Getting to Madrid

Getting to Madrid

Over 200 direct flights connect Madrid to more than 70 countries

Getting to Madrid

By Plane

Madrid-Barajas Adolfo Suárez Airport is Spain’s biggest airport and is located only 12 km away from the city center. The airport has four passenger terminals and serves 174 destinations across Europe, America, Asia, and Africa. There is 24 hours free shuttle bus service, but you should carefully plan enough time before your connections taking in mind the route, airline, the switch of terminals, etc.

By Train

AVE is Spain’s high-speed train network which connects some of the biggest cities in Spain – Madrid, Barcelona, Seville, Malaga. It’s more expensive than common train network but it’s punctual, comfortable and flexible. There are also international connections to many French cities.

By Bus

Madrid’s bus station Avenida de América connects intercity buses with city buses and the subway. Various buses depart from the station to some of Spain’s major cities: Barcelona, Huesca, Lérida, Tarragona, and Zaragoza.

By Car

Madrid is served by several excellent high ways, so you can reach the city quickly and safely. Spain’s borders with France and Portugal have no border controls due to the Schengen Agreement which will enable you to drive directly between countries and save time.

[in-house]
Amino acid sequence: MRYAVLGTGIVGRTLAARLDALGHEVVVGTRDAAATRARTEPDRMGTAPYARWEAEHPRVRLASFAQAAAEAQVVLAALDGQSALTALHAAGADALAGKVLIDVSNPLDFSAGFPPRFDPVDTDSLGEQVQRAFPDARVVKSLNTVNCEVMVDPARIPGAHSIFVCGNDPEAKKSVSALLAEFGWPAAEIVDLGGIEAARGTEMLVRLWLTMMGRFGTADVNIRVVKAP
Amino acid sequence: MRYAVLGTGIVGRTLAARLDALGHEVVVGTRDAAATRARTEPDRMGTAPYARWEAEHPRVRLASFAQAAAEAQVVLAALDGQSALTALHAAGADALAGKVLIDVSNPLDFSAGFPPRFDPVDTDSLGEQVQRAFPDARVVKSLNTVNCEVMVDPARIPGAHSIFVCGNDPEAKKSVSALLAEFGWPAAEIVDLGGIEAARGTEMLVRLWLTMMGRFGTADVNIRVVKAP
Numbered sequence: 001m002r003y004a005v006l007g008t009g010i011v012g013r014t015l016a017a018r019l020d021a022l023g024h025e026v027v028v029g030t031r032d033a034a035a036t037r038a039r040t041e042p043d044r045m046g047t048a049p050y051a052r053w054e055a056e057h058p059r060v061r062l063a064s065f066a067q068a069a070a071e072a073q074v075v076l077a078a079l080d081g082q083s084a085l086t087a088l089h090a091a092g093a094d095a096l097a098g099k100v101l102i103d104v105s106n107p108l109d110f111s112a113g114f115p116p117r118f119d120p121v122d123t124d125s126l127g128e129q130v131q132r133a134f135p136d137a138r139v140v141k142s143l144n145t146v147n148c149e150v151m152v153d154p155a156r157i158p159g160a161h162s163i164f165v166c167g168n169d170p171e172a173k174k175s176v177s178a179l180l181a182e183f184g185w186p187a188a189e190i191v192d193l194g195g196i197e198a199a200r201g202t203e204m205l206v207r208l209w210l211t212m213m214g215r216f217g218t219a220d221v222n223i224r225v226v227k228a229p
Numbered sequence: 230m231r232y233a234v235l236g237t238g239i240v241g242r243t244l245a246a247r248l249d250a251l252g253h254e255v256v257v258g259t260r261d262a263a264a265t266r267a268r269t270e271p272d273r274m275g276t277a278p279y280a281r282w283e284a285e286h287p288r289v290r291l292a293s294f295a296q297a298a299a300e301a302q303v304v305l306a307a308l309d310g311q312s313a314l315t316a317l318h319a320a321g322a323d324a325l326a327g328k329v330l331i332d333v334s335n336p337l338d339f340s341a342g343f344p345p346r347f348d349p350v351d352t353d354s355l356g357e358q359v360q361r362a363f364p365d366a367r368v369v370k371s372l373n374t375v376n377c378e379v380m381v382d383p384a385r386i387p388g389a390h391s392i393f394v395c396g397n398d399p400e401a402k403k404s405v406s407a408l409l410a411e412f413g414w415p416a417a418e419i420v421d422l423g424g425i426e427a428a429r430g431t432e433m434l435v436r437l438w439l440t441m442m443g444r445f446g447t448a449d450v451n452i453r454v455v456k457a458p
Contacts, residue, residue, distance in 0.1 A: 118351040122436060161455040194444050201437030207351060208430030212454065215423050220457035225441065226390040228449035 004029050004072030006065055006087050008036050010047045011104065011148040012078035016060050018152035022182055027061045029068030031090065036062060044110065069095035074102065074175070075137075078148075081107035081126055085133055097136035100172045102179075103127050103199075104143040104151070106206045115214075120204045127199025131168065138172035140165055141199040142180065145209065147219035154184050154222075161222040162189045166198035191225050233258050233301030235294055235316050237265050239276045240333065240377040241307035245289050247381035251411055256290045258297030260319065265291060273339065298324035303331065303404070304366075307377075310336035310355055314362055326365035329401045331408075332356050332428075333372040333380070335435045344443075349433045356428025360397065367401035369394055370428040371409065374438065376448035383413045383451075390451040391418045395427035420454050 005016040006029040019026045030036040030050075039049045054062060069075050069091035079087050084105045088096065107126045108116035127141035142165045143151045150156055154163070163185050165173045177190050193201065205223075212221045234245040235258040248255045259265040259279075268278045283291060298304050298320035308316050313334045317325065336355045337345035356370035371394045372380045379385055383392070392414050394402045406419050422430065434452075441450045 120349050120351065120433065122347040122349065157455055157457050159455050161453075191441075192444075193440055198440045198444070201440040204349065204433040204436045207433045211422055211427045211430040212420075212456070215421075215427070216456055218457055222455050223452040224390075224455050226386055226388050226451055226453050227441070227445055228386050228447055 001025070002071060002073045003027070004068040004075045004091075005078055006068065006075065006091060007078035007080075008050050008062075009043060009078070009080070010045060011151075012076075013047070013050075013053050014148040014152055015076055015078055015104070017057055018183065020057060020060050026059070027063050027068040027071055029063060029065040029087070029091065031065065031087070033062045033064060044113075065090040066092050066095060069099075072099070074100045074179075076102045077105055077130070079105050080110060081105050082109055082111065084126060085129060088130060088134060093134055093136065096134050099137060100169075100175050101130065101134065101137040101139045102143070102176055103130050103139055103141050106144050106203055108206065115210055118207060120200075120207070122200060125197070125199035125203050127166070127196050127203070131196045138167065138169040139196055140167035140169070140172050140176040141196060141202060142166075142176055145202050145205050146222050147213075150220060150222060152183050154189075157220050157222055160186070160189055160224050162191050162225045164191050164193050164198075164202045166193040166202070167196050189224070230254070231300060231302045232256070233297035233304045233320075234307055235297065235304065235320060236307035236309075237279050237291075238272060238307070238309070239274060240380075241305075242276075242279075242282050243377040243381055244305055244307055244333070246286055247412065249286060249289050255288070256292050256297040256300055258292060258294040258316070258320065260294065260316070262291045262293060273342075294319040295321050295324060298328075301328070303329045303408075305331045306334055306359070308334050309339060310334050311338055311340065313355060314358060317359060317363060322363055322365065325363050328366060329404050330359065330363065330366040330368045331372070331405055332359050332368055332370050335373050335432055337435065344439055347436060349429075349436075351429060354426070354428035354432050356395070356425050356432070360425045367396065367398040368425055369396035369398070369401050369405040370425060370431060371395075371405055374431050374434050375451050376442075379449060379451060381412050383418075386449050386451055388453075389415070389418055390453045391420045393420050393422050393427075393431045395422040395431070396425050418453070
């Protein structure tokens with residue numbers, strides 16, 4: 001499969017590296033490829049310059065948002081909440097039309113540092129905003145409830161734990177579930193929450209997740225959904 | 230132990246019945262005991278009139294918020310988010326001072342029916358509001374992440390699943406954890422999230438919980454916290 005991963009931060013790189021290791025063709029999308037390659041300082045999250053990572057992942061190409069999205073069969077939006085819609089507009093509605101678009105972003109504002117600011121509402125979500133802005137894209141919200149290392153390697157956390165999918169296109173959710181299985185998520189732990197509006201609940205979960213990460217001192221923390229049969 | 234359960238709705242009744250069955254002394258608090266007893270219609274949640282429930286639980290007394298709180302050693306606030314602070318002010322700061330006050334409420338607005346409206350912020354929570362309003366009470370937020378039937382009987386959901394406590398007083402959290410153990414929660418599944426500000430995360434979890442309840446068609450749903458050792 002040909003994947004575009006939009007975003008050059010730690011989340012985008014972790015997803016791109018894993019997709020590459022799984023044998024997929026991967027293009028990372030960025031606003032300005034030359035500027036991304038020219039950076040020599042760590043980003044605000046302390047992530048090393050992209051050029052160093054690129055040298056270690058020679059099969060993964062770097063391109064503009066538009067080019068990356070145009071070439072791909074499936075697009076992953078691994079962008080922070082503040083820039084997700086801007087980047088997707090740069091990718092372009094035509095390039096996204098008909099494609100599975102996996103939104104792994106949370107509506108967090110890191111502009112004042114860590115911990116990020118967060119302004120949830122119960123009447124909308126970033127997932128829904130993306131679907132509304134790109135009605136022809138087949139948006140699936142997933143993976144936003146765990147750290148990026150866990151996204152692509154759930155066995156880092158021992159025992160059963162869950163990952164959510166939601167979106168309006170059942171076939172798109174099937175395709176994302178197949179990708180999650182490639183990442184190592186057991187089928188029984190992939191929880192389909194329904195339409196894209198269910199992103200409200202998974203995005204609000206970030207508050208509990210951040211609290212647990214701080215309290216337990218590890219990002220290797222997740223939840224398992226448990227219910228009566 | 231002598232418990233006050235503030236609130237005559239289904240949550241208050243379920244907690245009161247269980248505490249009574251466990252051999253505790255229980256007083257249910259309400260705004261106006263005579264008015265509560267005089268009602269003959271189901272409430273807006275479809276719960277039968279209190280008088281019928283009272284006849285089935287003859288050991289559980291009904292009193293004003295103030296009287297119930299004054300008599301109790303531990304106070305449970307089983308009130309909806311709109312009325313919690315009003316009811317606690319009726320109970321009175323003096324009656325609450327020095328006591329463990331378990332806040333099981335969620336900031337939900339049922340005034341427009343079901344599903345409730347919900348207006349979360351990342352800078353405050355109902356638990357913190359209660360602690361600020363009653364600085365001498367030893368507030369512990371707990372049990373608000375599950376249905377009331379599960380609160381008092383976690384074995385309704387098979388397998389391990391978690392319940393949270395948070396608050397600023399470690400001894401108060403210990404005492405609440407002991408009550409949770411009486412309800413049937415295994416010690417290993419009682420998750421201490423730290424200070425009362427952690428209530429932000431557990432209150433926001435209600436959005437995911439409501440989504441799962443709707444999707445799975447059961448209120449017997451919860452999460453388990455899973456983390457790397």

Transport in Madrid

Madrid is the 2nd safest European capital city, so don’t hesitate to stroll around by foot or take public transport. A single trip within the public transport network will cost you between EUR 1.50 and EUR 2.

Madrid’s Metro won the MetroRail award for the world’s most innovative underground system and is the 2nd largest metro network in Europe after the London subway. To get to the airport get line 8 (Nuevos Ministerios-Airport T4), it takes 20 minutes to arrive at T4, and approx. 12 minutes to the rest of the terminals.

Madrid’s buses operate from 6:00 am until 11:30 pm. At night you can take the 26-night bus line, called “Búhos” (meaning “owls” in English). Bus routes and the trip intervals are displayed at the bus stops, but Madrid’s bus network covers almost all of the city.

If you have booked a place to stay in the nearby provinces, you can take the Cercanía – Madrid’s commuter rail service which is also the fastest way of getting from one part of Madrid to the other. Check in advance the ticket prices as there are 7 different travel zones.

A taxi is also a good option in Madrid but instead of a yellow car look for white cars with diagonal red bands on the front doors. Keep in mind that only a few taxi drivers speak English, so search for a taxi company in advance and write down the address you want to go to.

Be eco-friendly and experience the BiCiMad electric bikes. You can hire a bike from one of the 165 docking stations and return it at another station when you finish your journey through the city.